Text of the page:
The Government bid to introduce plain cigarette packaging in England has now cleared its final parliamentary hurdle, with the House of Lords backing the plans.
MPs has voted in favour of the measure last week, and plain cigarette packs will now be introduced in England next year, with Wales, Scotland and Northern Ireland expected to follow.
The UK will be just the third country in the world to bring in plain cigarette packaging, following Australia and the Republic of Ireland.
Here’s a timeline showing how the measures came about in the UK.
Then Health Secretary Andrew Lansley floated the idea of introducing plain cigarette packaging in a White Paper on public health. Government had been considering the idea for some time – with a previous proposal mooted in 2008 –and was also looking at that time at how tobacco was displayed in shops.
Speaking to us at the time of Lansley’s proposals, then JKR creative director Silas Amos said that while stopping teenagers from smoking is “undoubtedly a good thing”, removing branding from cigarettes could be counter-productive and give tobacco “more cachet” among youngsters.
Tobacco company Japan Tobacco International hit out at what it described as a “lack of evidence” in the push from anti-smoking groups and the Government to standardise cigarette packaging.
The company ran a campaign, created by ad group Big Al’s Creative Emporium, which centred around the message that “the evidence that removing branding would reduce smoking… would fit on the back of a cigarette pack”.
Anti-smoking group Action on Smoking and Health refuted the clains, saying “the pack is known in the industry as the ‘silent salesman’. Putting cigarettes in plain, standardised packaging is the obvious next step.”
Australia became the first country in the world to introduce plain cigarette packaging. The country introduced logo-free drab brown packaging following the 2011 Tobacco Plain Packaging Act.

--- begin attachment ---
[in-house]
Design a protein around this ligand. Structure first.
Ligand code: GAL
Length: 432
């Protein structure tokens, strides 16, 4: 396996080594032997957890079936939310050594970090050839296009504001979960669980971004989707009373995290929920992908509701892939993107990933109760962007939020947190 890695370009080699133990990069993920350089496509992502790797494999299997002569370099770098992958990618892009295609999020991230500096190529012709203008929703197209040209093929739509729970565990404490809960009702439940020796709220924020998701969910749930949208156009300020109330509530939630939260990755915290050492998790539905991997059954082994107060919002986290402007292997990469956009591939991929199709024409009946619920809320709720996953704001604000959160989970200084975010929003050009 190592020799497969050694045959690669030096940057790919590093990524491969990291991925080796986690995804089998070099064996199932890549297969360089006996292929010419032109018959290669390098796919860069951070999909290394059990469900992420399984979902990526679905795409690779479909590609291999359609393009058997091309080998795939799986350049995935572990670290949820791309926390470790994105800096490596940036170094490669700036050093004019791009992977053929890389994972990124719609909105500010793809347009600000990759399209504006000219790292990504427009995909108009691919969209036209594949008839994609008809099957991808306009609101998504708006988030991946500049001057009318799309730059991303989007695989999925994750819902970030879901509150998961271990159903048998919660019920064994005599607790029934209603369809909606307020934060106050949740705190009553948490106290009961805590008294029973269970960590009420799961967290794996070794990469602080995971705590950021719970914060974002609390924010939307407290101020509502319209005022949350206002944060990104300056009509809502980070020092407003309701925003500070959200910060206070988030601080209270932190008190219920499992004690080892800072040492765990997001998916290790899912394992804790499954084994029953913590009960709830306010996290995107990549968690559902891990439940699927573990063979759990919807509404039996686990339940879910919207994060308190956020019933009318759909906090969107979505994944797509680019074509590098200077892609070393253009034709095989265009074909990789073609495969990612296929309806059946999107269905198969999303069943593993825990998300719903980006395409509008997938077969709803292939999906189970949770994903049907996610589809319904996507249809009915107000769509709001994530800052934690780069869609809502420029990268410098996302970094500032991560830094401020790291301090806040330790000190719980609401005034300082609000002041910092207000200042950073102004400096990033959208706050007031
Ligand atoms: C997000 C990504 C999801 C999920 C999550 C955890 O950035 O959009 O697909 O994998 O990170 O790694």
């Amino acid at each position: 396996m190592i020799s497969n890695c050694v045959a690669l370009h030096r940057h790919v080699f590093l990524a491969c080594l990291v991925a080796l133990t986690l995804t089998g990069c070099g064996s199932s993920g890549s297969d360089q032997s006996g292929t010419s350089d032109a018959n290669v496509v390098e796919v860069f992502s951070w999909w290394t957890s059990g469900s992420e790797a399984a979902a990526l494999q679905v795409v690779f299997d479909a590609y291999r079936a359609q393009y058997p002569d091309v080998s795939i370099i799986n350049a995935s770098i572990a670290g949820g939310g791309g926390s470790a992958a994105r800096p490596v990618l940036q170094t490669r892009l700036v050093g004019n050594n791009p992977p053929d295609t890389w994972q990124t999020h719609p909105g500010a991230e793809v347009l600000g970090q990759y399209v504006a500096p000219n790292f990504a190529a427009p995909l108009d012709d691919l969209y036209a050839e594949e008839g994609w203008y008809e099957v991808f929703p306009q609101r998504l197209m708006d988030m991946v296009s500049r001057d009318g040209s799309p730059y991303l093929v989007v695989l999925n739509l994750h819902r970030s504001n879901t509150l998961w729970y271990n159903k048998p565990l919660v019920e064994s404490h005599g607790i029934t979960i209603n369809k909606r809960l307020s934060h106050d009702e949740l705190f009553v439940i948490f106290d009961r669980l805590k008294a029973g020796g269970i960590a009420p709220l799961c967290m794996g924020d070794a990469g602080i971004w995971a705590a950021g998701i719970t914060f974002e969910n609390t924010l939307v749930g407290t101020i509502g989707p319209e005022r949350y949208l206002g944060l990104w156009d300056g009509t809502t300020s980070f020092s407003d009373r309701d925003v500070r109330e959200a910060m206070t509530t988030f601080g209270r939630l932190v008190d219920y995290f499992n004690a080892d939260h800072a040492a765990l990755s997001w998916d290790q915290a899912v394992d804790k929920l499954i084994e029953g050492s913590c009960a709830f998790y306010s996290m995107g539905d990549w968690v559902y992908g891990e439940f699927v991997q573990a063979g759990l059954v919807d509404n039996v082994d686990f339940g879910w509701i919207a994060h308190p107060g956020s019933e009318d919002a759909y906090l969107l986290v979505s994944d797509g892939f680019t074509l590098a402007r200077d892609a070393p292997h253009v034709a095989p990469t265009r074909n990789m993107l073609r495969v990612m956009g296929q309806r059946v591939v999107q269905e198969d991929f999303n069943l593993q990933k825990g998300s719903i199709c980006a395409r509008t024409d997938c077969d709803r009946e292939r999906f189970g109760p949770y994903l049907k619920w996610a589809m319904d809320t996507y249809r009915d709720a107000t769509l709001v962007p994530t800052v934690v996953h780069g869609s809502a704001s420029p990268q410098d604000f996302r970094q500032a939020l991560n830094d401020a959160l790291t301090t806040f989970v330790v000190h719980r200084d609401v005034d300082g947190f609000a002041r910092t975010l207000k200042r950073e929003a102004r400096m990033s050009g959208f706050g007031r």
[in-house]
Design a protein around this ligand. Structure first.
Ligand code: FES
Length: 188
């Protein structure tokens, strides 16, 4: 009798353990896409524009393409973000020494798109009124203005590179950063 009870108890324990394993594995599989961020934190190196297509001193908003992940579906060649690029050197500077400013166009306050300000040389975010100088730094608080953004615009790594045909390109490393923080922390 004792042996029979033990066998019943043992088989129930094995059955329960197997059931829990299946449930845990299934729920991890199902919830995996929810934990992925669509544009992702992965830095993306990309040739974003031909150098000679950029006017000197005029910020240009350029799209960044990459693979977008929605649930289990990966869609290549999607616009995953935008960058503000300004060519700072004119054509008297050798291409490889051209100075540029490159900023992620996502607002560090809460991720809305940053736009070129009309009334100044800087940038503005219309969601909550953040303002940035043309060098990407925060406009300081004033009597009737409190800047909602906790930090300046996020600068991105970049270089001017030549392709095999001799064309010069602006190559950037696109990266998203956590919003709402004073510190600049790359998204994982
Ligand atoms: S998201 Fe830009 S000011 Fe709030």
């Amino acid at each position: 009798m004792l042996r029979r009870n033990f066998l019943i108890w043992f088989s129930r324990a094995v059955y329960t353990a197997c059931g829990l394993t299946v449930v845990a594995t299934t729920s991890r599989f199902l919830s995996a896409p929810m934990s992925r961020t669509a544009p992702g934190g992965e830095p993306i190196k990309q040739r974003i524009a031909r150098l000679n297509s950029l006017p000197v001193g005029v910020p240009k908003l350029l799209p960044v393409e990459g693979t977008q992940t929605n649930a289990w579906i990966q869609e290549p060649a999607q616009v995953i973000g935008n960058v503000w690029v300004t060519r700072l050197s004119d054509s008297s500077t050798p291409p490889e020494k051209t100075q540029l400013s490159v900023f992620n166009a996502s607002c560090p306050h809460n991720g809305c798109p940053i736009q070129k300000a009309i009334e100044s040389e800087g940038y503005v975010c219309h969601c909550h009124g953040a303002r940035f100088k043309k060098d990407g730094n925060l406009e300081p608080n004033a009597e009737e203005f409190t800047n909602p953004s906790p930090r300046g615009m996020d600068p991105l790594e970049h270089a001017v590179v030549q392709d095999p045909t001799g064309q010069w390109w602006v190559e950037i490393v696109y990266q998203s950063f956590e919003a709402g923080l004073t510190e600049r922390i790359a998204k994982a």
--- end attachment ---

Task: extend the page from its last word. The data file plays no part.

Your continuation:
It was widely reported that the UK Government would announce legislation to bring in plain cigarette packaging in the Queen’s Speech in May 2013. However…
A Government U-turn saw the plan to adopt plain packaging dropped. It was not mentioned in the Queen’s Speech – which sets out forthcoming Parliamentary legislation. Health secretary Jeremy Hunt said: “Just because something is not in the Queen’s Speech does not mean the Government can’t bring it forward as law. But we have not made a decision [on plain packaging].”
Meanwhile, as the UK stalled, the Republic of Ireland pledged that it would become the second country in the world, after Australia, to bring in plain cigarette packaging.
After dropping plans for plain packaging, the UK Government had a dramatic change of heart, unexpectedly announcing that plain packaging was back on the table. Public Health Minister Jane Ellison said she wanted to introduce the measures “as swiftly as possible”.
The Department of Health released images of what plain cigarette packs in the UK might look like.
The designs specify that only the brown Pantone 448C can be used for packaging, while text must be in Helvetica in Pantone Cool Grey 2C. The specifications add that “outside surfaces of packs would be drab brown with a matt finish” while “the inside surfaces of packs (internal packaging) would be white or drab brown”.
A study by journal Addiction suggested that introducing plain cigarette packaging could save 2,000 lives a year. The Department of Health had previously suggested that the “expected health gain measured in life-years and monetised” if plain packaging is introduced would be £29 billion. Meanwhile the estimated cost to UK businesses if plain packaging was introduced was set at £36.78 million a year, with consultancies who create branded packaging for tobacco companies among those taking the hit.
After being voted through by MPs, plans to introduce plain cigarette packaging in the UK were passed in the House of Lords without a vote. Barring any further hurdles, plain cigarette packaging will become mandatory in England from May 2016.